Here’s a rundown of some of the headlines in the news in the last week:
- Rail Disasters Prompt U.S. Crackdown on Risky Oil Shipments
- (Senator) Boxer warns Keystone pipeline will cause cancer
- TXDOT Warns Motorists About Oilfield Driving Dangers
- Mississippi River Closed at New Orleans After Barge Crash Prompts Oil Spill
So whether by rail, pipeline, highway or maritime, every oil and gas transportation mode, with the possible exception of pony express and airmail, has come in for a black eye in the media.
For the industry, it is a reminder that its reputation is a cradle-to-grave proposition. The public will judge oil and gas companies’ commitment to safety and protecting the environment for every step of the process, including transportation incidents that may happen dozens or even hundreds of miles from the oilfields. It also means that critics will pounce on incidents that are unrelated to drilling and production to limit those activities.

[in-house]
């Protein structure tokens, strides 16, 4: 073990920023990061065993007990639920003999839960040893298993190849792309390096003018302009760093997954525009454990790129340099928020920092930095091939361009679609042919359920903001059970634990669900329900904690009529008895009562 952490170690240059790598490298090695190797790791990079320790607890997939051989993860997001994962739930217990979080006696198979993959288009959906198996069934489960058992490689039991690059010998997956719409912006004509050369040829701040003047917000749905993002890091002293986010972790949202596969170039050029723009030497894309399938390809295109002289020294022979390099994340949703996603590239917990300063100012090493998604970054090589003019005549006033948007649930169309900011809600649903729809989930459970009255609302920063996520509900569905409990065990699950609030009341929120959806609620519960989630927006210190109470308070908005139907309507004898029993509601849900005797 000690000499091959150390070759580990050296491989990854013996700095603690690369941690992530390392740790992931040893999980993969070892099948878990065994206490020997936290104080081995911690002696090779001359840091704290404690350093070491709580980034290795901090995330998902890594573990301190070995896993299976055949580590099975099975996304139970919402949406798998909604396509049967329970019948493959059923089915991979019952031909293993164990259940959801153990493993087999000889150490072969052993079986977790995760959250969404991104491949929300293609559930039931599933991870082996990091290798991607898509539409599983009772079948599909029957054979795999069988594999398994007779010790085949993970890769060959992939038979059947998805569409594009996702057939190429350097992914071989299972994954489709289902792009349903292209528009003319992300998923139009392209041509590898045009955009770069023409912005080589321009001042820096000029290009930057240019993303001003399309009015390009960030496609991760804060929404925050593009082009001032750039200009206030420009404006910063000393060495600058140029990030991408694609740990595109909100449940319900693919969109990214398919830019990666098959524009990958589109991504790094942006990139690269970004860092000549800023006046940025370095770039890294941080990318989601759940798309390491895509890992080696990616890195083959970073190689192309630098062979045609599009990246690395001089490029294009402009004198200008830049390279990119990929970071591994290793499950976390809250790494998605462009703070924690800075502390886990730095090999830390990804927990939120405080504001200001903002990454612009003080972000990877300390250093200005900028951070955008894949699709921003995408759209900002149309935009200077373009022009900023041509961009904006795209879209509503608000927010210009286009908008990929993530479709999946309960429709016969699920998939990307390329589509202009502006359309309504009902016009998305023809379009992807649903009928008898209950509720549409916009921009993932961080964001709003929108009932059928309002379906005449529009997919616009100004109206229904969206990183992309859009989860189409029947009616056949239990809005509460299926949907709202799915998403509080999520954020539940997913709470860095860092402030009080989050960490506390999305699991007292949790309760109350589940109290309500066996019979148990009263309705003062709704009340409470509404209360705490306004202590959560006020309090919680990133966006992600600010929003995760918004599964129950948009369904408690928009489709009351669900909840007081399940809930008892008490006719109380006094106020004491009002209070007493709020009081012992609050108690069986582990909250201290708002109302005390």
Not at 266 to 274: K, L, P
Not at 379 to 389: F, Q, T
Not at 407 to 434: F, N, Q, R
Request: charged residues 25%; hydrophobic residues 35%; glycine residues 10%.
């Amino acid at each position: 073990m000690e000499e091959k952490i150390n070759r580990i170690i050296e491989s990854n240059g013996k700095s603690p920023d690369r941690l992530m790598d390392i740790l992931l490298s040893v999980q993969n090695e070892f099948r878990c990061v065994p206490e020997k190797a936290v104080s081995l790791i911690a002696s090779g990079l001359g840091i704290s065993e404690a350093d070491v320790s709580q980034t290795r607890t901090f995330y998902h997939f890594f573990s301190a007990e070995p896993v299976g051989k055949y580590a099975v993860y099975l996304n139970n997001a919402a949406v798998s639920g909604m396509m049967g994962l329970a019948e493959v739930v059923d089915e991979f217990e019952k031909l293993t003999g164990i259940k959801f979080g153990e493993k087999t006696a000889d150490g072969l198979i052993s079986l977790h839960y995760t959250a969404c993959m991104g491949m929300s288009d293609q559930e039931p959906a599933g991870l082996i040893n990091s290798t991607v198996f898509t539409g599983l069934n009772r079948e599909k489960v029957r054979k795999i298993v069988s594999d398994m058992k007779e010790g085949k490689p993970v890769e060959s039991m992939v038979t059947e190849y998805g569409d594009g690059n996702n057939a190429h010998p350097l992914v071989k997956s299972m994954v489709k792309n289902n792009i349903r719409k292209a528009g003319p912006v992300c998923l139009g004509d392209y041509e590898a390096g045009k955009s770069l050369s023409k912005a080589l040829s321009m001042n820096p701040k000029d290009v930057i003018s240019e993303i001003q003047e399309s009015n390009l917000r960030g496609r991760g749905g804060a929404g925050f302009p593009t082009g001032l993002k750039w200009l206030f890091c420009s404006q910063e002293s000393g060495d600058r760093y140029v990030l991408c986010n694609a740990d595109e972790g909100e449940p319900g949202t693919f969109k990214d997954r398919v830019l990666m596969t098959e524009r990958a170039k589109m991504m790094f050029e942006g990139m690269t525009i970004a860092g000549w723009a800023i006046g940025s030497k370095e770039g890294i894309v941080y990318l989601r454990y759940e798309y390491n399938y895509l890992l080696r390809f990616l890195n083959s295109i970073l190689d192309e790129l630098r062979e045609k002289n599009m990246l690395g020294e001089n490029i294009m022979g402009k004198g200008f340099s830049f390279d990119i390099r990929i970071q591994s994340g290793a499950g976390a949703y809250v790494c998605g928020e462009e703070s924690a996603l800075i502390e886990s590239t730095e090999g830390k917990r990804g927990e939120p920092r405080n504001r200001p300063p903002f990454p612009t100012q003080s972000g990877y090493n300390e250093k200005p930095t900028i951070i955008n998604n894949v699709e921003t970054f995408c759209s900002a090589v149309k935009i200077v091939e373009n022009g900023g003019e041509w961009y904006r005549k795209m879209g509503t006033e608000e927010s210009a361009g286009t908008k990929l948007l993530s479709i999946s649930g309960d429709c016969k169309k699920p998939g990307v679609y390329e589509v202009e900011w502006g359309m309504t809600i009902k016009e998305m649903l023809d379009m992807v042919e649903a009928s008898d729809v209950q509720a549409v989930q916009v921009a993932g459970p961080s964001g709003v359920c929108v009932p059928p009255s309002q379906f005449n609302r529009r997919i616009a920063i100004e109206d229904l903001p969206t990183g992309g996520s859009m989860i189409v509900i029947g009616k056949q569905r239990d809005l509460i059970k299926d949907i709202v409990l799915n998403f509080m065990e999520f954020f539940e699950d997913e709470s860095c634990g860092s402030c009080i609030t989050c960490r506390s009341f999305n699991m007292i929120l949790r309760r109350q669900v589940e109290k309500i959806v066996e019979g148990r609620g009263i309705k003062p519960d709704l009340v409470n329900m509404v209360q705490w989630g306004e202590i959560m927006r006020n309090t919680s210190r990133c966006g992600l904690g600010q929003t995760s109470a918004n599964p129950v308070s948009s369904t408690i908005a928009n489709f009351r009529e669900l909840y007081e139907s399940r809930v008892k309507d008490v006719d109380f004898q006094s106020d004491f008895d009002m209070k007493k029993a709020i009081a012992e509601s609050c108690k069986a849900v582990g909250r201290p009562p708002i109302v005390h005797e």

In some ways it is not very different from the early days of U.S. drilling. Back then oil was plentiful but the country lacked the infrastructure to transport the it from the oilfields. Today, drilling is taking place in more than 30 states and in communities that have no experience with the industry’s activities. It reminds me of a conversation I had with an industry veteran once about why some Gulf of Mexico port cities weren’t jumping off points for offshore oil and gas activities. He said, “what do you think the garden club would say when a thousand trucks roll down main street every day?”
For HSE professionals, it is a reminder that safety doesn’t stop at the wellhead. That is one of the reasons that safety management systems, like SEMS, need to encompass the chain of custody issues in the supply chain. An upstream safety manager with an oil company or a service company may not be able to control trains, pipelines and barges, but any safety professionals who aren’t beefing up their driving safety programs are missing the handwriting on the wall.